That lovely ball of fur with his cute ears can melt any animal lover’s heart. Bunnies have starred in many stories, from Peter Rabbit to Bugs Bunny, and have entertained people both young and old. No wonder people consider rabbits as pets, but it is only in the past 50 or 60 years that they have been kept purely as pets. There are even shows where people can show off their rabbits.
Before setting out on the journey to find a rabbit as a pet for yourself or your child, consider the following to ensure a healthy and happy pet.
1. Is it a fad?
First of all, make sure getting a rabbit isn’t just a fad or phase that you or your child is going through. That lovely ball of fur will grow up and is a big responsibility.
2. Whose responsibility?
Even though the rabbit might be obtained as a pet for a child, it is ultimately the responsibility of the adult to ensure that the rabbit is taken care of.
3. Cage size
As a general rule, a rabbit of 3kg needs about a 50cm square cage. The more space you allow, the better. If the cage is outside, ensure that your rabbit is protected from the elements, with enough shade from the sun and a place to hide in if it’s cold or windy – and always bring him inside if it’s very cold. Rabbits are social and need exercise, so they should be taken out of the cage every day – especially if they are kept individually.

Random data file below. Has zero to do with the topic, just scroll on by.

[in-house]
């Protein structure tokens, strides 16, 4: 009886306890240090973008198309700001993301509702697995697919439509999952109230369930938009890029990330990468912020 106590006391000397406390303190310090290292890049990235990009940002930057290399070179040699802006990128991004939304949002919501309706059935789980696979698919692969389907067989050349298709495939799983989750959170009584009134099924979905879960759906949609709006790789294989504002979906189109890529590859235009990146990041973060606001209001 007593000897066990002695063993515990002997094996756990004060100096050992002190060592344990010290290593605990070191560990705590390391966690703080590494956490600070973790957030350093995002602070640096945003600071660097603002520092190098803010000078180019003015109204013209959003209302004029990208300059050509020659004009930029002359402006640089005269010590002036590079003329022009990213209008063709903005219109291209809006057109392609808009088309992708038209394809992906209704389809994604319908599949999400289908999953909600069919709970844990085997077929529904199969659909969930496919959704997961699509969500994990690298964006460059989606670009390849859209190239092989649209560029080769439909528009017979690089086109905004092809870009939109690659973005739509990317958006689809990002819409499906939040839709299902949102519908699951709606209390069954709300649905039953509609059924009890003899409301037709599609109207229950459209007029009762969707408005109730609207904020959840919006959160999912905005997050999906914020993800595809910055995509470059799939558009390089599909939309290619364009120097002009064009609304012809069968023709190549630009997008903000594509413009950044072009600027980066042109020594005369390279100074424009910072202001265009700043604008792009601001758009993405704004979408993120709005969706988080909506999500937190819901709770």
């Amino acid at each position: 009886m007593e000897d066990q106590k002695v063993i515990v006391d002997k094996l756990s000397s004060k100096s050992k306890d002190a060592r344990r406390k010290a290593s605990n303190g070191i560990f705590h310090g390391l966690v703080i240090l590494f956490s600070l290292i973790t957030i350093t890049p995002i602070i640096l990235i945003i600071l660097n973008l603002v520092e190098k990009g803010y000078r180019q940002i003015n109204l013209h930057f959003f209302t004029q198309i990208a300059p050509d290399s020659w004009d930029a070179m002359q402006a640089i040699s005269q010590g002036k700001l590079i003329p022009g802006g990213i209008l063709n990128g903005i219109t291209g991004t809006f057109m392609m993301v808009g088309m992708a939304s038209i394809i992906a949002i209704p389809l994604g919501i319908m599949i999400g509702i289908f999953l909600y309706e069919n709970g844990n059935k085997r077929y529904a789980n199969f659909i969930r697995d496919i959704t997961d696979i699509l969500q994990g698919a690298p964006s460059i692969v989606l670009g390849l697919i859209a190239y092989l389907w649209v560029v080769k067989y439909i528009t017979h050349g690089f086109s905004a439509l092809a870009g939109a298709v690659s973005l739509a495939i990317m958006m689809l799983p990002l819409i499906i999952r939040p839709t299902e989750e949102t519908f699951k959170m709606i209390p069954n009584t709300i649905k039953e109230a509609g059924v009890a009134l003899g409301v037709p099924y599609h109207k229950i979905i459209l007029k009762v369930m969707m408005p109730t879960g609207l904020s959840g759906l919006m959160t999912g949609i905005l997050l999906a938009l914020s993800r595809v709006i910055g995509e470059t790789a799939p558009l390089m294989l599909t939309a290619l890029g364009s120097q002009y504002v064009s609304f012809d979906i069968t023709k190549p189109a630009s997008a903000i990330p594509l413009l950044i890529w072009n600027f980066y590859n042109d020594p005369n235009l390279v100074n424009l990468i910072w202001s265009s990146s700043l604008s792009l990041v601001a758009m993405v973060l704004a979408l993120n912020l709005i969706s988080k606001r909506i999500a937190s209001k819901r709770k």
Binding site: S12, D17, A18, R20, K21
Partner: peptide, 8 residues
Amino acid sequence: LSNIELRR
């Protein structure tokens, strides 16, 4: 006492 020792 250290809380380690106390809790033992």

4. All-wire cage
An all-wire cage with small mesh holes to keep out predators is more suitable than the wooden hutches used overseas. Wire cages can be placed under a tree for good airflow during the hot summer months.
Bedding needs to be placed in the cage and changed regularly. Pine and sawdust are best avoided. Straw is the better option.
Hay should form the basis of your rabbit’s diet. He should have an unlimited supply of hay throughout the day for good gut health.
7. Dark leafy vegetables
Extra dark green leafy vegetables can be offered in moderation. Lettuce and cabbage are best avoided.
8. Daily pellets
Quality rabbit pellets must be fed daily, but be sure not to overfeed. Also ensure that your rabbit has fresh water every day.
The grooming needs are determined by the breed of rabbit. Rabbits with longer hair need more regular grooming.
Always ensure that your rabbit is healthy, and take him to the vet if you suspect that something is wrong. Ensure that your rabbit eats the best possible food that you can afford, and if your rabbit stops eating, gets constipated or has diarrhoea, take him to the vet as soon as possible.
11. Sparkly whites
Check your rabbit’s teeth regularly. It is not always easy to see the inside of the mouth, but do try to see if his teeth are healthy.
12. See the vet
It is essential to take your rabbit to the vet once a year for a check-up, so that potential problems can be dealt with as soon as possible.